You can’t just put a child’s development on hold. That’s clear to every parent. And when schools shut down last spring, many watched nervously as the ad-hoc measures put into place — from Zoom classes to emailed assignments — failed far too many students. It’s time to renew our focus on students and their futures.

Only one in seven parents in a recent survey said their children will be returning to school full-time. And for most of the rest of those, “remote school requires hands-on help from an adult at home,” as the New York Times reports.

Yet four in five of the families with kids at home this fall will have no one else on hand (in person) to help. Most parents will do their best, while holding down their regular jobs. Researchers say that’s having a bigger impact on moms and their careers.

The big decisions about education in the COVID-19 world will be made at dinner tables, local school board meetings, and state houses. But that doesn’t mean the federal government can’t provide more options in the role it does play. And options are what parents desperately need right now.

First, we can free up federal money we already spend and allow it to help struggling parents. That’s what Sen. Rand Paul’s (R-Ky.) SCHOOL Act does. The Act helps families by “empowering them to use their own tax dollars to find the option that best fits their family’s needs and allowing them to reclaim a bit of stability in uncertain times,” Paul says.

Parents can use the funds for things ranging from curriculum materials (including technology) and tutoring to extracurricular activities to private school tuition. The point is, it’s the parents’ decision.

The SCHOOL Act would be of particular value to parents of students with special needs, who have their own challenges when it comes to Zoom meetings and self-directed coursework. As a new report from the Heritage Foundation points out, “Students with disabilities have a legal right to receive services that prepare them for competitive and integrated employment — and this is best achieved by focusing on the individual needs of each student.”

Special education is funded through the Individuals with Disabilities Education Act (IDEA); parents should be allowed to take the IDEA funding their child is entitled to, and use it at a “school, service provider or treatment plan” of their choice, Heritage says.

These dollars, like most federal education funding, are intended to be supplemental. Combining this change with similar funding flexibilities at the state level would make them even more effective. But even supplemental funding could be a godsend to struggling families right now, and the federal government can (and should) lead on giving families greater access to their already-allocated education dollars.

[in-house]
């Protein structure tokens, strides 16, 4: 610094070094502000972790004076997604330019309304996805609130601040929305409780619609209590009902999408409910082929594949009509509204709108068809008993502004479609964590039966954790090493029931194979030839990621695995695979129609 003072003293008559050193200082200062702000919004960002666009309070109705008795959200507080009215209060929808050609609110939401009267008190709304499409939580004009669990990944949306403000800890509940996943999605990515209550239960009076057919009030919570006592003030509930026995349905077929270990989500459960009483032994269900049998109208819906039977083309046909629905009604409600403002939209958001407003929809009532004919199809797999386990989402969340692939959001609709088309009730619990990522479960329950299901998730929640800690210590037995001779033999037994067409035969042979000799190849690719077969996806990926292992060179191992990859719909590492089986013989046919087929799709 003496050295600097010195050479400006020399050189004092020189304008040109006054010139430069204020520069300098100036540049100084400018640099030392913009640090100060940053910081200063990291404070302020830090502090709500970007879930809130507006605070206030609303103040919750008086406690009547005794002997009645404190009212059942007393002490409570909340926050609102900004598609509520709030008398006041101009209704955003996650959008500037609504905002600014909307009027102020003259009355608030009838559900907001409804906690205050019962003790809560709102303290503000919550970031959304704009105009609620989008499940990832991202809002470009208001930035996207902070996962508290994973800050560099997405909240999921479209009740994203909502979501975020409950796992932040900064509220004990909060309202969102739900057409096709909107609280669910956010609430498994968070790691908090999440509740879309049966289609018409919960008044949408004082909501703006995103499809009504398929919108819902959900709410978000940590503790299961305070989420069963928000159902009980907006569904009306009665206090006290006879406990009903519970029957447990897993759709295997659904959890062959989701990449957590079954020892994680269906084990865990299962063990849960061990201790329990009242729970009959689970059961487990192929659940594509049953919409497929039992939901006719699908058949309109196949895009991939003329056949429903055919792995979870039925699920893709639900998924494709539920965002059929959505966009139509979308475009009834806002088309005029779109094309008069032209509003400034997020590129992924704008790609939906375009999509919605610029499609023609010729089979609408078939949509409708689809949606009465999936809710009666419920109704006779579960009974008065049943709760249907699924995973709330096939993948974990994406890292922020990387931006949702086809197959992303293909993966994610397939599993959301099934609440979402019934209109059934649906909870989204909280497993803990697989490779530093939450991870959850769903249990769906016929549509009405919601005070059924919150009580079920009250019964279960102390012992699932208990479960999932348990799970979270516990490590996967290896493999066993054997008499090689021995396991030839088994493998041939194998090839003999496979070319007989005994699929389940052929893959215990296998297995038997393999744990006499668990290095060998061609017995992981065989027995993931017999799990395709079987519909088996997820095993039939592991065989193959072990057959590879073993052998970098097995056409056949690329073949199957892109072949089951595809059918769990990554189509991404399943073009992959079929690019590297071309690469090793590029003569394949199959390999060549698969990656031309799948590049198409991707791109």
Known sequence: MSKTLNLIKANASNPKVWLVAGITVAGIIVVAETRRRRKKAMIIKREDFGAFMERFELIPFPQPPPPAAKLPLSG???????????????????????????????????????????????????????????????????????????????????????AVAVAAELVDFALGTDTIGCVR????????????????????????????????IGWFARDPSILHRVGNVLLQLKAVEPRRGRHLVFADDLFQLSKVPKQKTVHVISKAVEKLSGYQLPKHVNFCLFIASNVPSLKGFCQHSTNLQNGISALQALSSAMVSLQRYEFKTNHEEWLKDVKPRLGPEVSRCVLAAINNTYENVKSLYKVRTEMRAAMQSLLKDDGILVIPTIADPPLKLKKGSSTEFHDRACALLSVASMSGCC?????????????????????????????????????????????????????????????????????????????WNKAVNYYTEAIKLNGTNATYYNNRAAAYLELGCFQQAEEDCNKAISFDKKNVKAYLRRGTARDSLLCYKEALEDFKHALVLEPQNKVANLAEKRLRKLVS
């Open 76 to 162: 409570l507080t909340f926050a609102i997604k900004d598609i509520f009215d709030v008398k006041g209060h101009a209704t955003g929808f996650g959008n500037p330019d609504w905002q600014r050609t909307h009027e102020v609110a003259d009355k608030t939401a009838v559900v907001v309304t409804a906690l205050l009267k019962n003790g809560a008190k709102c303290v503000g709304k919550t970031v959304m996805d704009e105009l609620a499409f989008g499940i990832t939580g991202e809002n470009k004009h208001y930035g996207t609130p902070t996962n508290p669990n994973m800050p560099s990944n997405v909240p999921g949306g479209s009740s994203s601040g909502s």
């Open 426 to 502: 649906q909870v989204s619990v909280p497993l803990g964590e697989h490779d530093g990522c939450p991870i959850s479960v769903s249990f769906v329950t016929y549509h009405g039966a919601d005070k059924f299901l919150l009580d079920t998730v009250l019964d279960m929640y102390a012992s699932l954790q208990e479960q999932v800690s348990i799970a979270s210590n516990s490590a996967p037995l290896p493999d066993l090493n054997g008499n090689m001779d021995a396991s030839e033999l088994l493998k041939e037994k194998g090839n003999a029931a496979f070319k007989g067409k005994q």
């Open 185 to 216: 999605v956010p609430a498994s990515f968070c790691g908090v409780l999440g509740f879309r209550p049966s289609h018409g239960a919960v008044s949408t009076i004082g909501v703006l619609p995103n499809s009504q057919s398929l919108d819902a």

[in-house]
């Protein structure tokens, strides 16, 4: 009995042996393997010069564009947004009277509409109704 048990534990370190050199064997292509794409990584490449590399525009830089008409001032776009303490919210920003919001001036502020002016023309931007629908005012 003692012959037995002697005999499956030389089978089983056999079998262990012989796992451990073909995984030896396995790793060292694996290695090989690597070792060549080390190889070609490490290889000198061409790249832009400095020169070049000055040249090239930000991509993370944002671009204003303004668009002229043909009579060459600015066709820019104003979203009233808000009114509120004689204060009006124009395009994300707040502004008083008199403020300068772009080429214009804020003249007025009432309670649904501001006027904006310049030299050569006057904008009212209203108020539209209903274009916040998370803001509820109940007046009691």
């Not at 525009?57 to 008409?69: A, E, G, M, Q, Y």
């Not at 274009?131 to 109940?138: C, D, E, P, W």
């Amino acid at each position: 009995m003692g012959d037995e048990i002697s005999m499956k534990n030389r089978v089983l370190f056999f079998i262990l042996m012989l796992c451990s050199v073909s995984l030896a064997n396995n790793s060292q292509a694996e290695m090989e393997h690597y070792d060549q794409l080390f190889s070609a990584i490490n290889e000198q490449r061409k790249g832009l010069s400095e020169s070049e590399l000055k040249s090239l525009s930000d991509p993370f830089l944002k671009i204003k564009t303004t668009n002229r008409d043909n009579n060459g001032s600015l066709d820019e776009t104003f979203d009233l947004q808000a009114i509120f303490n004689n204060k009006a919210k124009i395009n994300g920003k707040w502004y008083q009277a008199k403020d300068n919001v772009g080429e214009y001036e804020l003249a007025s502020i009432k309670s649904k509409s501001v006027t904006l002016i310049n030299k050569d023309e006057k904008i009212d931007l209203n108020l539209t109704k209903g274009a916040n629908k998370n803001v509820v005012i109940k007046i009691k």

Proponents could build consensus around allowing parents to direct the use of those federal funds. A new CNN report points out a growing concern about “pandemic pods,” privately assembled learning groups for kids stuck at home. The nation’s two largest teacher unions are against them, of course, warning these pods might “exacerbate the inequalities.”

The American Federation of Teachers President Randi Weingarten says so herself: “Without public investment, pods will serve the few, not the many.”

What better argument for providing the means for all parents, at all income levels, to participate in these pods — or any other program they deem fit?

Next, we can ensure that new federal dollars being sent to the states get to the parents who need them. That’s what the School Choice Now Act, offered by Sen. Tim Scott (R-S.C.) and Sen. Lamar Alexander (R-Tenn.), and introduced in the House last week by a bipartisan delegation, would do. It would set aside 10 percent of new funds, allowing that money to follow the students.

“Giving children more opportunity to choose their school is a real answer to inequality in America,” Sen. Alexander said.

Historically, the role of the federal government in education is to ensure equal access for all students. That has never been more important than right now, when that access is suddenly determined by things entirely out of a parent’s (or district’s) control — such as internet speeds and whether Zoom will or won’t crash.

We put our economy on pause for the pandemic. We can’t do that with child development. Let’s leverage federal funds to make sure our kids continue to learn.